Spurred by the conviction of a former councilman and the indictment of County Executive John R. Leopold, Anne Arundel County lawmakers unanimously pushed forward new rules Monday to oust elected officials convicted of crimes.
Voters will decide in November whether to approve rules that require a vote of five council members to remove another politician from office and strip that politician of pension benefits.
While one provision sets up a process to remove councilmen, the other tweaks an existing process to remove a county executive. Both come into effect if a sitting official is convicted of a felony or a crime "involving moral turpitude or misfeasance or malfeasance in office."
These rules will be among more than a dozen other proposals councilmen send to voters, creating a crowded ballot that includes questions about when councilmen get vacations and what constitutes a "copy" of the county budget.
While all the changes come as part of the county's once-a-decade process to revisit its charter, recent criminal proceedings against elected officials pushed that issue to the forefront.
The council voted in January to vacate the office of former Councilman Daryl Jones while he served a federal prison sentence for not filing a tax return. At the time, the county did not have an established procedure for how and when to remove a sitting lawmaker from office.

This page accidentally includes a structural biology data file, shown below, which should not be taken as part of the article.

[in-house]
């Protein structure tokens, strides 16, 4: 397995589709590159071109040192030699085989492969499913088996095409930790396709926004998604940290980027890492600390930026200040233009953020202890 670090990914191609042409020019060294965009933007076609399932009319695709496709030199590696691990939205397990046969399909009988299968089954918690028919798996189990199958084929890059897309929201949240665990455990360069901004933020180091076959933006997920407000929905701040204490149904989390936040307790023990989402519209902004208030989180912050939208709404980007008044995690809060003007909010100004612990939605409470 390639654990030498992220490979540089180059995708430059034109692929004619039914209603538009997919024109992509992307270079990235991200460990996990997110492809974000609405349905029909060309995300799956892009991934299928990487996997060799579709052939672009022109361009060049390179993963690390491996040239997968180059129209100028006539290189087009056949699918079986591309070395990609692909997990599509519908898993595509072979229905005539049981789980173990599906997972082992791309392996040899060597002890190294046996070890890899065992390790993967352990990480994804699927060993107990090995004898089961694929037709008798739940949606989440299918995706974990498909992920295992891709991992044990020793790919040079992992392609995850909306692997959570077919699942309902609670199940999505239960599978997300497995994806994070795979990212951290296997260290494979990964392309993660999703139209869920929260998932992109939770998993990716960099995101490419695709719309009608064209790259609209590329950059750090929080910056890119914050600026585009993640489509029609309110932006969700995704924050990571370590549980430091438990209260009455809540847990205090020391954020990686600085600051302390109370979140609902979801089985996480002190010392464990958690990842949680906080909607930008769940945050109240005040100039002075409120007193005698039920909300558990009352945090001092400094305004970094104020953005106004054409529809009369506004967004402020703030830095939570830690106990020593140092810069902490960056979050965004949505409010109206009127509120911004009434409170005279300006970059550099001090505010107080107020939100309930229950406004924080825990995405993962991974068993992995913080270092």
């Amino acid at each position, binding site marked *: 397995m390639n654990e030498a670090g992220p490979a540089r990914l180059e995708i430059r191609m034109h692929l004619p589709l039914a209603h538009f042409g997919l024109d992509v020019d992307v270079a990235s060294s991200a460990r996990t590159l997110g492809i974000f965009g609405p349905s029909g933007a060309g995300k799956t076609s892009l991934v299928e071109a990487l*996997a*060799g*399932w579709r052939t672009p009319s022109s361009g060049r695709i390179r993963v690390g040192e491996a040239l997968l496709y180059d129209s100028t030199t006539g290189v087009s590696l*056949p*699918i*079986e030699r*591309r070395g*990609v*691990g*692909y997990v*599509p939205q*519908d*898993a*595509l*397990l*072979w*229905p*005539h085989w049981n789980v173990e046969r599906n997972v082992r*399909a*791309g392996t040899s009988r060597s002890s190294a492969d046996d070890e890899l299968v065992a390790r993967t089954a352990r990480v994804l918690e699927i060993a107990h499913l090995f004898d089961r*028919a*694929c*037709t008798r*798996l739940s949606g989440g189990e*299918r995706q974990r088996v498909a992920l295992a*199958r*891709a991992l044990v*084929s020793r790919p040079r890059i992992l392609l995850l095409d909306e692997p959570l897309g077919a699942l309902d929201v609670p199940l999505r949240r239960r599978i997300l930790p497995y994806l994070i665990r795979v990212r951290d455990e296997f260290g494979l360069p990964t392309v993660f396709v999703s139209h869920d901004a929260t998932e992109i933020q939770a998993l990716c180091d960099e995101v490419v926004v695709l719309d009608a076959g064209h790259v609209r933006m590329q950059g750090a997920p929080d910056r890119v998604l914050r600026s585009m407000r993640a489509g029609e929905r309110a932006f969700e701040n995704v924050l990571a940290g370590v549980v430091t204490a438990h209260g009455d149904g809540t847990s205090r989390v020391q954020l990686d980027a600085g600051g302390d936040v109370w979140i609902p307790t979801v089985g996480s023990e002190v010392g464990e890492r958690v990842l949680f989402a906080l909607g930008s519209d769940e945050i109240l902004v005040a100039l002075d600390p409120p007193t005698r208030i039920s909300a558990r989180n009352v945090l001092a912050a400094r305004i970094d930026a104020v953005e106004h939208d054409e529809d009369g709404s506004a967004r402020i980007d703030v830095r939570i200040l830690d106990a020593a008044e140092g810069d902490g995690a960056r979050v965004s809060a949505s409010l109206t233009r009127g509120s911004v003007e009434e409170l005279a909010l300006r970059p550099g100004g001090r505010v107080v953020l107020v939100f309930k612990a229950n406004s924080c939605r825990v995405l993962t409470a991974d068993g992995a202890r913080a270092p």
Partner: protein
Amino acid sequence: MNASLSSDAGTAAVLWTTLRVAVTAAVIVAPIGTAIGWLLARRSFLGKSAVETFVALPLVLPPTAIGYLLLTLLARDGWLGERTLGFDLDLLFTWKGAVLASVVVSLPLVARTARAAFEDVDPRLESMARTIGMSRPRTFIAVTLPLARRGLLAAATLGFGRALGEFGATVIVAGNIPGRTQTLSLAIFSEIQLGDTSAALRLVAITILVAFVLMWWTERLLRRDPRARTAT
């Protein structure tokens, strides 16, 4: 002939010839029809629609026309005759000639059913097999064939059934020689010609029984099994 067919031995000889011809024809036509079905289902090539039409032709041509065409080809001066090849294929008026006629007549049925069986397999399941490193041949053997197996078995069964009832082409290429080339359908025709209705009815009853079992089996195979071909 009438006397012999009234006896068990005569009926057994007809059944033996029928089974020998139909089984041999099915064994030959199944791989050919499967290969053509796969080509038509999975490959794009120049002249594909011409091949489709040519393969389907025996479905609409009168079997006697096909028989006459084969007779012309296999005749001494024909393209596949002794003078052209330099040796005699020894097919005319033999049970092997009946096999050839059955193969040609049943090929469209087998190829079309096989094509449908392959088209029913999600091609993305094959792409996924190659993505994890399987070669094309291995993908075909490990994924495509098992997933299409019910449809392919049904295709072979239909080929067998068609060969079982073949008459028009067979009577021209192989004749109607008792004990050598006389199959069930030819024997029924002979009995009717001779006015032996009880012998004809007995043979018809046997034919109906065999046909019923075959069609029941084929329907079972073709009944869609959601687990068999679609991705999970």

The council decided Jones was not "residing" in his district while he was in prison. He has challenged the council's decision, and Maryland's highest court has agreed to hear his appeal to reinstate his office.
Meanwhile, Leopold was indicted in March on four counts of misconduct and one count of malfeasance on allegations he misused his taxpayer-funded security detail for personal and political gain. Leopold has denied wrongdoing and will stand trial in January.
Under the new rules sent to voters, a convicted county executive would lose retirement benefits and could be put out of office while a criminal case is on appeal.
"The county was never faced with a situation like this, and now we have a resolution to handle that problem," said Councilman John Grasso, a Glen Burnie Republican. "You need to be able to come at this thing from several different angles and say, 'You did this, this and this. You're out.' "
Another question voters will see on the ballot is whether to let the county executive appoint a new council member if the council leaves a seat vacant for more than 30 days. In selecting Jones' successor, the council cast more than 100 ballots and spent more than a month deadlocked before settling on Peter I. Smith.
Even before they finished their work, lawmakers worried that the provisions to remove elected officials would get lost among more than a dozen other proposals councilmen are sending to voters.
"Are people going to really take the time to study and research and consider all of these?" said Councilman Jerry Walker, a Republican from Davidsonville. "Or are they just going to skip them because they're too many?"
Councilman Chris Trumbauer suggested putting what to do about elected officials convicted of crimes at the top of the ballot questions.
"Otherwise, we could have the vacancy stuff, which is the most important, I think, down at the bottom of the ballot," said Trumbauer, an Annapolis Democrat. "People may have given up at that point."